What are the challenges and changes that have happened to teaching stats and data science in grades K-12 over the years? What has worked? How do we best equip our students with the data skills they need, after all, the kids in school today are the future! The goal of this session was to facilitate a conversation around the most relevant and urgent questions that are facing statistics and data science education in grades K-12 today.
ISS brought together three participants for this session who have extensive experience in statistics education, Anna Bargagliotti, (Loyola Marymount University), Christine Franklin (ASA and University of Georgia), and Rob Gould (UCLA). All three are members of the writing team of the GAISE Pre-K – 12 Guidelines for Assessment and Instruction in Statistics Education II Report, Bargagliotti and Franklin serving as co-chairs of this committee.
This session was presented in a structured debate type format. The participants were given selected questions ahead of time so they had a chance to think about their responses and the moderator, Piaomu Liu (Bentley University) used a consistent, rolling format that provided each participant with equal opportunity to be the first to respond to a question as well as respond or follow-up based on the remarks of the other participants.
Here are a few of the questions that the speakers were asked to respond to:
How to define statistics education and data science education in grades K-12? Statistics or data science?
Is statistics and data science education too ambitious a goal to pursue in grades K-12, for both the students and teachers?
Has K-12 statistics and data science education been successful so far? By what measures?
Can data sense, or data acumen, be trained well at K-12 or even younger? Are there any unique challenges and benefits of developing data acumen in K-12?
Small datasets or big data for teaching and practice at this level?
To keep up with the demand for data analysis and problem-solving skills from a fast-changing data-driven world, are core statistical and mathematical concepts changing?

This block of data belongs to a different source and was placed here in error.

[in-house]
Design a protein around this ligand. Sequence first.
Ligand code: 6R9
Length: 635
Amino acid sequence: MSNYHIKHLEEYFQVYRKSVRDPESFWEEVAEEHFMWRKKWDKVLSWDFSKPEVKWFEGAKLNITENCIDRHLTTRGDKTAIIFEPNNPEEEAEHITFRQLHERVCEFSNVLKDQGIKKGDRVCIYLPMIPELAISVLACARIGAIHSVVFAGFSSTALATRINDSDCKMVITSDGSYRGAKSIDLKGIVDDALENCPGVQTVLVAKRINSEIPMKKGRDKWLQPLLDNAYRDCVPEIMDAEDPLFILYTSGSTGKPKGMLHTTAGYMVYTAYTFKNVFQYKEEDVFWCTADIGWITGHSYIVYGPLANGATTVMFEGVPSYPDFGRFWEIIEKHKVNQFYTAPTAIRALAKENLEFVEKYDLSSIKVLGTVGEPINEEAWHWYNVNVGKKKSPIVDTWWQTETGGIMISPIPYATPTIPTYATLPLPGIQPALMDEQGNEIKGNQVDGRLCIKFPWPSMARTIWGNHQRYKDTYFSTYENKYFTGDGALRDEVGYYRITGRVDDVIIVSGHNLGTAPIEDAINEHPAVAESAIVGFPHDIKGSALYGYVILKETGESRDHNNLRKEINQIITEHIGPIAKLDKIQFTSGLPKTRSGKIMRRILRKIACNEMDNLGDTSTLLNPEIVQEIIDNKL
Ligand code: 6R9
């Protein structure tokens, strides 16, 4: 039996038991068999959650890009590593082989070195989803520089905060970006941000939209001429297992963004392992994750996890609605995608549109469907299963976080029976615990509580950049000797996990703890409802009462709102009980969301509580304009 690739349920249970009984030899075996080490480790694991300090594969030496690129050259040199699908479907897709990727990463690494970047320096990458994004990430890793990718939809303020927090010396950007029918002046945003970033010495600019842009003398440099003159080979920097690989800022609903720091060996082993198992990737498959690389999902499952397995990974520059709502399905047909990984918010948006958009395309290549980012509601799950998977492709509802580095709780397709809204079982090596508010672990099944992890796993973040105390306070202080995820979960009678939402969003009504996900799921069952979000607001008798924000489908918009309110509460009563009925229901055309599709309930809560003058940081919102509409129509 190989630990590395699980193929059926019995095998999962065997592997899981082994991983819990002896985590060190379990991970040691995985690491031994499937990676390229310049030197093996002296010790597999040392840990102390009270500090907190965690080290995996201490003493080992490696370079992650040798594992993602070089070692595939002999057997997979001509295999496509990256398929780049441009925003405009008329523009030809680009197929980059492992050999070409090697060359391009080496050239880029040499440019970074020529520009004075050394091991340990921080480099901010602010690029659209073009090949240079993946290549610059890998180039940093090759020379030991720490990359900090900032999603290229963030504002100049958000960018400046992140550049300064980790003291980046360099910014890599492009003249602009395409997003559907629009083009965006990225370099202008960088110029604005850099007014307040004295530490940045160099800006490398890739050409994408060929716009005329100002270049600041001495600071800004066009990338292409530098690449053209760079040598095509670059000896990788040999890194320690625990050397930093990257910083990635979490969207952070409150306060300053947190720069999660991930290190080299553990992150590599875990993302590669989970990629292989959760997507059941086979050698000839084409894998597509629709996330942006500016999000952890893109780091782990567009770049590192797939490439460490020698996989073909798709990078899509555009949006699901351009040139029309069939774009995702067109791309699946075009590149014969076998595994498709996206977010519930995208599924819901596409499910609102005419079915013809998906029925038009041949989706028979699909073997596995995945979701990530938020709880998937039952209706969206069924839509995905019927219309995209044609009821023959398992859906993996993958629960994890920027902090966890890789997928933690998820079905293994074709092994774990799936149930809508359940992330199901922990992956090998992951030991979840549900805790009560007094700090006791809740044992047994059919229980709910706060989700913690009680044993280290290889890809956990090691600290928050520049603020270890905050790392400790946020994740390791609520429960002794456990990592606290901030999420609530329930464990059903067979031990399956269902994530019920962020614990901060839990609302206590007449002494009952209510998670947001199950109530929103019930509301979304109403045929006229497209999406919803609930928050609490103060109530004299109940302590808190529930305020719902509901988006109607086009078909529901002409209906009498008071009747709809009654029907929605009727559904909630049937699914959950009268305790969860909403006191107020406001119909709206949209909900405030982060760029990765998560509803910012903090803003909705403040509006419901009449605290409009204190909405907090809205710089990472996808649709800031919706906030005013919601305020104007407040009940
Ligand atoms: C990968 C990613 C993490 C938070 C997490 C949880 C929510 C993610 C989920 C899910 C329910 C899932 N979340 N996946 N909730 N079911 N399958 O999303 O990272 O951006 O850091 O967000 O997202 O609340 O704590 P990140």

Truth be told, there was not not as much disagreement as in previous debates, however, the responses and comments from the three participants clearly described the variety of important factors related to moving forward. It became clear that these issues are not simple, isolated challenges but instead are complex and interconnected. Foundationally, the importance in today’s world was made clear.
“We live at a time where software is inexpensive to free and data is plentiful so there's really no reason not to teach people to analyze data and understand. … it's an opportunity to prepare future citizens to be constructively critical, not just blankly skeptical of data oriented arguments to participate in a democracy.”
Rob Gould (UCLA)
However, cautions were tendered about how we move forward, including:
“Pitting calculus against statistics or data science, that is inadvertently going to squeeze out students from majors where we already have pipeline problems, particularly with underrepresented groups. And so I think we have to be very careful, especially at the high school, level how we understand and guide and advise students.”
Anna Bargagliotti, (Loyola Marymount University)
As well as suggestions for how to think about working together:
“I think this is sort of a culture issue within our schools and our districts and even within our state where this has to be made a priority. It's not just individual teachers that are going to be taking the professional development, but it's schools, working together as a team, districts working together, and I think once you set that as a priority, then the teachers see it as a team effort.”
Christine Franklin (University of Georgia)
The 120+ attendees were very active in the session as well posting over thirty questions, many questions were addressed but still many left unanswered. Attendees also provided comments and links to resources as well!
To get a full sense of the issues, challenges and strategies for moving forward, you must review the recording of this session. NISS hopes to continue to play a role to help keep this conversation alive as steps are taken and progress is made.
Please feel free to view the recording of this session below. In addition, the speakers put together an extensive list of resources related to this topic which are shared below.
Recording of the Session
NISS K-12 Webinar Resource List
Anna Bargagliotti, Christine Franklin, and Rob Gould
Pre-K-12 Guidelines for Assessment and Instruction in Statistics Education II (GAISE II) https://www.amstat.org/asa/education/Guidelines-for-Assessment-and-Instr... Statistics-Education-Reports.aspx
The Statistical Education of Teachers (SET): https://www.amstat.org/asa/files/pdfs/EDU-SET.pdf
The NCTM Catalyzing Change Reports: https://www.nctm.org/Standards-and- Positions/Catalyzing-Change-Additional-Resources/
Very Recent Articles Describing Examples of Data Science at the School Level